Remedy provisions in sexual harassment laws should reflect a policy of returning victims to the position they were in prior the harassment and should provide for dissuasive penalties.
Remedies for sexual harassment vary extensively depending on the facts of cases and on the type of laws or policies under which complaints are brought. Given this variety of approaches, remedies may range from reinstatement of a worker who was dismissed, to recovery of back pay and leave time, to policy changes in education or housing settings, to changes in working conditions, to awards of compensatory and punitive damages. Some perpetrators are also subject to criminal penalties.
Philippine legislation provides that victims of harassment in the workplace or in educational and training institutions can access civil, administrative, and criminal remedies. (See: Republic Act No. 7877, sec. 4-5) Moreover, victims in the Philippines can pursue civil cases against both employers and the individual perpetrator.
Benin’s law is one of the few that lists specific remedies available to judges in cases in which a child is sexually harassed. [internal link to Benin case study below] Benin’s law also makes accomplices in sexual harassment cases liable for the same punishment as perpetrators. (See: Loi sur le Harcelement Sexuel)
In the United States, victims of workplace sexual harassment are required to file claims with the federal Equal Employment Opportunities Commission, or with a state-level equivalent, before they can file a private suit against an employer. (See: EEOC, Filing a Charge of Discrimination) Victims of sexual harassment in housing in the United States can bring claims to their local police, state and federal housing authorities, or can file a civil claim in court.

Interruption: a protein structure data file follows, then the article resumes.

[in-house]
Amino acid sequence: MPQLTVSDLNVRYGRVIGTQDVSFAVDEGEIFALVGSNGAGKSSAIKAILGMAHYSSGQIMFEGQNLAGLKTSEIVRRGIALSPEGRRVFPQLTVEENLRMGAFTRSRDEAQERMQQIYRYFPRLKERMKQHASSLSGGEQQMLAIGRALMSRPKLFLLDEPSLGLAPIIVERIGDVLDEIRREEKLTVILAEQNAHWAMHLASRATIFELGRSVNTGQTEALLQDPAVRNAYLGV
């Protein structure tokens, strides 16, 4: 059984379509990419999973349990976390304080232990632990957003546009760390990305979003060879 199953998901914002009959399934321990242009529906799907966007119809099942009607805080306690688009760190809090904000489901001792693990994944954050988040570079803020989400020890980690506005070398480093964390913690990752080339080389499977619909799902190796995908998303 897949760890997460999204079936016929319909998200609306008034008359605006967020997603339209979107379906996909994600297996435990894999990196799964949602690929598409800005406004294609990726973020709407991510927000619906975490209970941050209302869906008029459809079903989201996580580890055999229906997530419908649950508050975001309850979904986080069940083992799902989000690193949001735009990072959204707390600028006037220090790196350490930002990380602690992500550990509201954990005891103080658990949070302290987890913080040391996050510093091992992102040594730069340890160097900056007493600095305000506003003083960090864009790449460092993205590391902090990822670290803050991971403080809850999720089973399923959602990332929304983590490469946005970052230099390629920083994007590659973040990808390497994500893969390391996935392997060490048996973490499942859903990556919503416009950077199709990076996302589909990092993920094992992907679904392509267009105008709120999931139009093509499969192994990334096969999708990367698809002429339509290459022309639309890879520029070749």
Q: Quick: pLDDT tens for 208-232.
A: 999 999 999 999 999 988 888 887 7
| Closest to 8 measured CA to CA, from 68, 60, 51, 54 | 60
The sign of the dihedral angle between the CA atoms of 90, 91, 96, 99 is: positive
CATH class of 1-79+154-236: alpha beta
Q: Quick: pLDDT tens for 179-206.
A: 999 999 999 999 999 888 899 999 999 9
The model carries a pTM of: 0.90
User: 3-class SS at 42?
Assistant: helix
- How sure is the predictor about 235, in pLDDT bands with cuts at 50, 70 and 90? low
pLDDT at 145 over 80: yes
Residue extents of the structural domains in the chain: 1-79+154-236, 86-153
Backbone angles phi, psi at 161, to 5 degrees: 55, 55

Australian law gives the courts power to order apologies, although this remedy is not often sought. See: Sexual Harassment Prevention, Ius Laboris, 2012.
Laws on sexual harassment, whether criminal or civil, should require prevention, policy development, and training of those covered by and charged with implementing the law. These issues are addressed in detail in the context-specific sections included in this sub-section.
Laws should require that anti-sexual harassment policies be put in place across sectors. Laws should mandate the creation of organizational policies that include internal complaint mechanisms to allow victims to raise claims of sexual harassment without having to file a formal civil or criminal complaint. Victims of harassment are much more likely to raise concerns in an informal complaint process. Policies should require that immediate action be taken with respect to sexual harassment claims. This involves documenting the complaint, taking measures to stop any alleged harassment, beginning an investigation, and providing support for the victim.
Anti-sexual harassment training of public sector and private sector employees should be required, so as to aid in prevention of sexual harassment not only in the workplace, but in the educational, housing, sporting, and service provision contexts.